Christian Stilp, PhD
Christian Stilp, Ph.D., is an Assistant Professor in the Department of Psychological and Brain Sciences at the University of Louisville. Dr. Stilp's research areas include speech perception, auditory perception, perceptual organization, perceptual learning, efficient coding, and natural signal statistics.
- Ph.D., 2011, University of Wisconsin
Auditory perception, speech perception, efficient coding, perceptual organization, perceptual learning, sensory neuroscience, computational modeling.
Click here for a full list of publications.
- Stilp, C.E., Anderson, P.W., & Winn, M.B. (accepted with minor revision). Predicting spectral contrast effects following reliable spectral properties in speech perception. Journal of the Acoustical Society of America.
- Stilp, C.E., & Goupell, M.J. (2015). Spectral and temporal resolution of information-bearing acoustic changes for understanding vocoded sentences. Journal of the Acoustical Society of America, 137(2), 844-855.
- Stilp, C.E., & Anderson, P.W. (2014). Modest, reliable spectral peaks in preceding sounds influence vowel perception. Journal of the Acoustical Society of America, 136(5), EL383-EL389.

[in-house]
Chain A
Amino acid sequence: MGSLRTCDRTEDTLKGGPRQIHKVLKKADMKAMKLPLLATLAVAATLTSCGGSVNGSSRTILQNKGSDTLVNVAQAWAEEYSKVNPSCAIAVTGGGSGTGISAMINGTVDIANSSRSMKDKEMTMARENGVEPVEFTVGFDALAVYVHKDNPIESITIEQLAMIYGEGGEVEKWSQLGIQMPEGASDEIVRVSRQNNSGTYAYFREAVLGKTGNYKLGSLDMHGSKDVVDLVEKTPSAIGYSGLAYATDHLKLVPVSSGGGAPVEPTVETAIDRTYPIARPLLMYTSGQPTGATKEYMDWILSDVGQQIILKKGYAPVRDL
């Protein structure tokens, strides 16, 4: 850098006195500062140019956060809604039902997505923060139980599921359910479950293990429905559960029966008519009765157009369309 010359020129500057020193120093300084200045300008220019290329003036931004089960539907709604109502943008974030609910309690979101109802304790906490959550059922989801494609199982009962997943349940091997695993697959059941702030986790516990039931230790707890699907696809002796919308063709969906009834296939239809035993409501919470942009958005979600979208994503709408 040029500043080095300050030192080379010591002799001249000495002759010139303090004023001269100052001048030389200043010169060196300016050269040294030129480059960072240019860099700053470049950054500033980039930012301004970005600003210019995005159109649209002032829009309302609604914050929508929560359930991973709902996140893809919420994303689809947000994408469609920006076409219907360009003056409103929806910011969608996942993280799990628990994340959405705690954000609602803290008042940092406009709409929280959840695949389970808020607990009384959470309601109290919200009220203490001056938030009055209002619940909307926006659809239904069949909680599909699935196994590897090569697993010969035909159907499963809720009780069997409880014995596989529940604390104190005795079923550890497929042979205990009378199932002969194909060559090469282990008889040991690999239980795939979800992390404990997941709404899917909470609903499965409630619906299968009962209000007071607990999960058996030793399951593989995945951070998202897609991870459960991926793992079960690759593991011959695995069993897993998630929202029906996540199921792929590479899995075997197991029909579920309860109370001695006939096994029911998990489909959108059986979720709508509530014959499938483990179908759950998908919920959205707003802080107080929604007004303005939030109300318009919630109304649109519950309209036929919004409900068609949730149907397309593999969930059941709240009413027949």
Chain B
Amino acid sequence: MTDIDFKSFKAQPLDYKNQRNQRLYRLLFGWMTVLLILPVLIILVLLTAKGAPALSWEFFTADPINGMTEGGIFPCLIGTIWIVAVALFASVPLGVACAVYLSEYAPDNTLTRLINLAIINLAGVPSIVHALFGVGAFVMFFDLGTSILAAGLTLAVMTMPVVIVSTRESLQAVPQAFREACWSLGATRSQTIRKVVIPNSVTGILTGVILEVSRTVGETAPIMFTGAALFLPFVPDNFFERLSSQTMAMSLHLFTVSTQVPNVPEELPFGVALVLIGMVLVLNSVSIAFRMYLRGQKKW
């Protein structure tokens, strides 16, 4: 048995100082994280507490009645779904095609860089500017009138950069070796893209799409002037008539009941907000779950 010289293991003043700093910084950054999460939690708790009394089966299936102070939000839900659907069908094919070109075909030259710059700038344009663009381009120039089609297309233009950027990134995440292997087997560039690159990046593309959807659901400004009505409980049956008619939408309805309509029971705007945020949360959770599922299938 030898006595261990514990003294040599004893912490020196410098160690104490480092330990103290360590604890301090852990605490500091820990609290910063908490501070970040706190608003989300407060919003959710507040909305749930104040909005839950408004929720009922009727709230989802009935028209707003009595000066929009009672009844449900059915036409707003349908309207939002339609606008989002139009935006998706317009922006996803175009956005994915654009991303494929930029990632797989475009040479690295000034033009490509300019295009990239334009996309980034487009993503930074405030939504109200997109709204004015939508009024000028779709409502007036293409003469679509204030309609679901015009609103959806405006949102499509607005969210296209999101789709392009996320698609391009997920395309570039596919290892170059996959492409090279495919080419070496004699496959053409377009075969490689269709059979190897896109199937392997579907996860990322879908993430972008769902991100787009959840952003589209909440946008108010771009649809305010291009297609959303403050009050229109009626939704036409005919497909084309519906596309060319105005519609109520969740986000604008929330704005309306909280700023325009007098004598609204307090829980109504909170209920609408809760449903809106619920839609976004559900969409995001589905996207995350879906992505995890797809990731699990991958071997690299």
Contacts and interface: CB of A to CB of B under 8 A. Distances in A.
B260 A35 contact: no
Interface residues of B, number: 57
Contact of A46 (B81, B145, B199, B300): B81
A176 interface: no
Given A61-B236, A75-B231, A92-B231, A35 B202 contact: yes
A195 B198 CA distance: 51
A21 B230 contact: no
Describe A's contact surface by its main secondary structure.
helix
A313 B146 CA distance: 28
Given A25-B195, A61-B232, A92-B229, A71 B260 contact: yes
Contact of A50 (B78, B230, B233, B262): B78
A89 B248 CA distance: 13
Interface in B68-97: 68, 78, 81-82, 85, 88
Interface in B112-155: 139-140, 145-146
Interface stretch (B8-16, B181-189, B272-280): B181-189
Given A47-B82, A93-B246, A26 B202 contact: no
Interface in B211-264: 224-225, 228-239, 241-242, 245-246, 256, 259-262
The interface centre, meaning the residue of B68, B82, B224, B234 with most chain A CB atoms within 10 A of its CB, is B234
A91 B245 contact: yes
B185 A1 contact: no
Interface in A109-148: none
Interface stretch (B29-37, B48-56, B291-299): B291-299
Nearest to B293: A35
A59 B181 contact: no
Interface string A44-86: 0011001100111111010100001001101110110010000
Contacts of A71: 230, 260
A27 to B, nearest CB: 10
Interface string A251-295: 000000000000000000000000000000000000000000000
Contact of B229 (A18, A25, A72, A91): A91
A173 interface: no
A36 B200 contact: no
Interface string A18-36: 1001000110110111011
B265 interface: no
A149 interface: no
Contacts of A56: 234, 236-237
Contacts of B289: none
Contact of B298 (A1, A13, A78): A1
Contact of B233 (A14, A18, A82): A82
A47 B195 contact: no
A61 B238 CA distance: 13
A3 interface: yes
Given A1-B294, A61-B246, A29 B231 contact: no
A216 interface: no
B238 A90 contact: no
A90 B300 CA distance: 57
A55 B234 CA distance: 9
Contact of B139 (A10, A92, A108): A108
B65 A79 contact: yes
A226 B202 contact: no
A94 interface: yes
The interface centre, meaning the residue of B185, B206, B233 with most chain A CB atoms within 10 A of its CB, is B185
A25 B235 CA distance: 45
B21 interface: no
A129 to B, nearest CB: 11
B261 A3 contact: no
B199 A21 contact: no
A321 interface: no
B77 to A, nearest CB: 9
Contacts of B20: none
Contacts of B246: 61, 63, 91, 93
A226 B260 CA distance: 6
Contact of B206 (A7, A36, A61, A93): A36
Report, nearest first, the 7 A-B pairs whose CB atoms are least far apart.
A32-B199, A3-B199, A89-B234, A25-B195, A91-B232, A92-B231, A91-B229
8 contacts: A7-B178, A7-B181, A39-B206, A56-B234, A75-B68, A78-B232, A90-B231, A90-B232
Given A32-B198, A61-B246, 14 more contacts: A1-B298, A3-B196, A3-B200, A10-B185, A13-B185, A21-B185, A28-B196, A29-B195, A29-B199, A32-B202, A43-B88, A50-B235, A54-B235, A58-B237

- Stilp, C.E. (2014). Information-bearing acoustic change outperforms duration in predicting sentence intelligibility of full-spectrum and noise-vocoded sentences. Journal of the Acoustical Society of America, 135(3), 1518-1529.
- Stilp, C.E., Goupell, M.J., & Kluender, K.R. (2013). Speech perception in simulated electric hearing exploits information-bearing acoustic change. Journal of the Acoustical Society of America, 133(2), EL136-EL141.
- Stilp, C.E., & Kluender, K.R. (2012). Efficient coding and statistically optimal weighting of covariance among acoustic attributes in novel sounds. PLoS ONE 7(1): e30845. doi:10.1371/journal.pone.0030845
- Stilp, C.E., Rogers, T.T., & Kluender, K.R. (2010). Rapid efficient coding of correlated complex acoustic properties. Proceedings of the National Academy of Science, 107(50), 21914-21919.
- Stilp, C.E., & Kluender, K.R. (2010). Cochlea-scaled spectral entropy, not consonants, vowels, or time, best predicts speech intelligibility. Proceedings of the National Academy of Science, 107(27), 12387-12392.
Courses Often Taught
- PSYC301 Quantitative Methods in Psychology
- PSYC331 Sensation and Perception (undergraduate)
- PSYC631 Sensation and Perception (graduate)
- PSYC646/AUDI648 Hearing Science I